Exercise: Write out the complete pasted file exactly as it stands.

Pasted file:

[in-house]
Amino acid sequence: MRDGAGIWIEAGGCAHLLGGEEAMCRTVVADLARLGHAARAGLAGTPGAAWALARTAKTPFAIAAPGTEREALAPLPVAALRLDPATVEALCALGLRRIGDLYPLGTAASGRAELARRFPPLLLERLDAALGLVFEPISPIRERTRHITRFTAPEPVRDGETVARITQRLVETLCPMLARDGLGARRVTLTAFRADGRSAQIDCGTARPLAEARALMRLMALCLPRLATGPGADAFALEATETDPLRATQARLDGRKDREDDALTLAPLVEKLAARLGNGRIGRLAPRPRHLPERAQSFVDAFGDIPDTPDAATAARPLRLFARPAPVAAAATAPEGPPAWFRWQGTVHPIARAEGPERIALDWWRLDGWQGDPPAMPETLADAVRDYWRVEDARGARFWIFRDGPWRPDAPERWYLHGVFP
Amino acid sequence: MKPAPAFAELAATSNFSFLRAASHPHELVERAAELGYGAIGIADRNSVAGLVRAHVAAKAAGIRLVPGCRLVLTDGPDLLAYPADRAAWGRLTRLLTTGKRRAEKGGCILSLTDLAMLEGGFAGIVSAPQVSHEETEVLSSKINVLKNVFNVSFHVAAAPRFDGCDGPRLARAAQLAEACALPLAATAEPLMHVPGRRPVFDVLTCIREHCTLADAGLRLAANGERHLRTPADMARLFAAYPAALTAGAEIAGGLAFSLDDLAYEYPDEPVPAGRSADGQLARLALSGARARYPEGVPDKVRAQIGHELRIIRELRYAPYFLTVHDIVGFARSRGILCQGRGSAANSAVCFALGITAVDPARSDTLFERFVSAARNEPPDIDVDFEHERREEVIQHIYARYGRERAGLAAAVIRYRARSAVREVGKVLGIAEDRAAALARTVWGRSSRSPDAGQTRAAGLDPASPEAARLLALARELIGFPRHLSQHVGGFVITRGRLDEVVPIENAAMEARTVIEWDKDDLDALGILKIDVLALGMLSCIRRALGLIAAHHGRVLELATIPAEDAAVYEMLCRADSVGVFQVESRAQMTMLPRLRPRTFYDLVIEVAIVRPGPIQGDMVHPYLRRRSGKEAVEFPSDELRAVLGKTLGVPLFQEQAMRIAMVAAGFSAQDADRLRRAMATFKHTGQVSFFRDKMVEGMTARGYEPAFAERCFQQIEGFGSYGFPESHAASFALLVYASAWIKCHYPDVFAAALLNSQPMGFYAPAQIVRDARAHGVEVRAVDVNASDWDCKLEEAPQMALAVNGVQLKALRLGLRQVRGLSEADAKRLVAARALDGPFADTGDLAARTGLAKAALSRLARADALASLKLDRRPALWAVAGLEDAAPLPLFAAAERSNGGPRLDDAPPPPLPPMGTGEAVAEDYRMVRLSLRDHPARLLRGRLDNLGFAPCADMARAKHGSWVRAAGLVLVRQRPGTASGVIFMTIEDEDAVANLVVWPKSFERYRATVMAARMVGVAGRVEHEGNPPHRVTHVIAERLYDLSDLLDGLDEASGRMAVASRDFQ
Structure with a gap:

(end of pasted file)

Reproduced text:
[in-house]
Amino acid sequence: MRDGAGIWIEAGGCAHLLGGEEAMCRTVVADLARLGHAARAGLAGTPGAAWALARTAKTPFAIAAPGTEREALAPLPVAALRLDPATVEALCALGLRRIGDLYPLGTAASGRAELARRFPPLLLERLDAALGLVFEPISPIRERTRHITRFTAPEPVRDGETVARITQRLVETLCPMLARDGLGARRVTLTAFRADGRSAQIDCGTARPLAEARALMRLMALCLPRLATGPGADAFALEATETDPLRATQARLDGRKDREDDALTLAPLVEKLAARLGNGRIGRLAPRPRHLPERAQSFVDAFGDIPDTPDAATAARPLRLFARPAPVAAAATAPEGPPAWFRWQGTVHPIARAEGPERIALDWWRLDGWQGDPPAMPETLADAVRDYWRVEDARGARFWIFRDGPWRPDAPERWYLHGVFP
Amino acid sequence: MKPAPAFAELAATSNFSFLRAASHPHELVERAAELGYGAIGIADRNSVAGLVRAHVAAKAAGIRLVPGCRLVLTDGPDLLAYPADRAAWGRLTRLLTTGKRRAEKGGCILSLTDLAMLEGGFAGIVSAPQVSHEETEVLSSKINVLKNVFNVSFHVAAAPRFDGCDGPRLARAAQLAEACALPLAATAEPLMHVPGRRPVFDVLTCIREHCTLADAGLRLAANGERHLRTPADMARLFAAYPAALTAGAEIAGGLAFSLDDLAYEYPDEPVPAGRSADGQLARLALSGARARYPEGVPDKVRAQIGHELRIIRELRYAPYFLTVHDIVGFARSRGILCQGRGSAANSAVCFALGITAVDPARSDTLFERFVSAARNEPPDIDVDFEHERREEVIQHIYARYGRERAGLAAAVIRYRARSAVREVGKVLGIAEDRAAALARTVWGRSSRSPDAGQTRAAGLDPASPEAARLLALARELIGFPRHLSQHVGGFVITRGRLDEVVPIENAAMEARTVIEWDKDDLDALGILKIDVLALGMLSCIRRALGLIAAHHGRVLELATIPAEDAAVYEMLCRADSVGVFQVESRAQMTMLPRLRPRTFYDLVIEVAIVRPGPIQGDMVHPYLRRRSGKEAVEFPSDELRAVLGKTLGVPLFQEQAMRIAMVAAGFSAQDADRLRRAMATFKHTGQVSFFRDKMVEGMTARGYEPAFAERCFQQIEGFGSYGFPESHAASFALLVYASAWIKCHYPDVFAAALLNSQPMGFYAPAQIVRDARAHGVEVRAVDVNASDWDCKLEEAPQMALAVNGVQLKALRLGLRQVRGLSEADAKRLVAARALDGPFADTGDLAARTGLAKAALSRLARADALASLKLDRRPALWAVAGLEDAAPLPLFAAAERSNGGPRLDDAPPPPLPPMGTGEAVAEDYRMVRLSLRDHPARLLRGRLDNLGFAPCADMARAKHGSWVRAAGLVLVRQRPGTASGVIFMTIEDEDAVANLVVWPKSFERYRATVMAARMVGVAGRVEHEGNPPHRVTHVIAERLYDLSDLLDGLDEASGRMAVASRDFQ
Structure with a gap: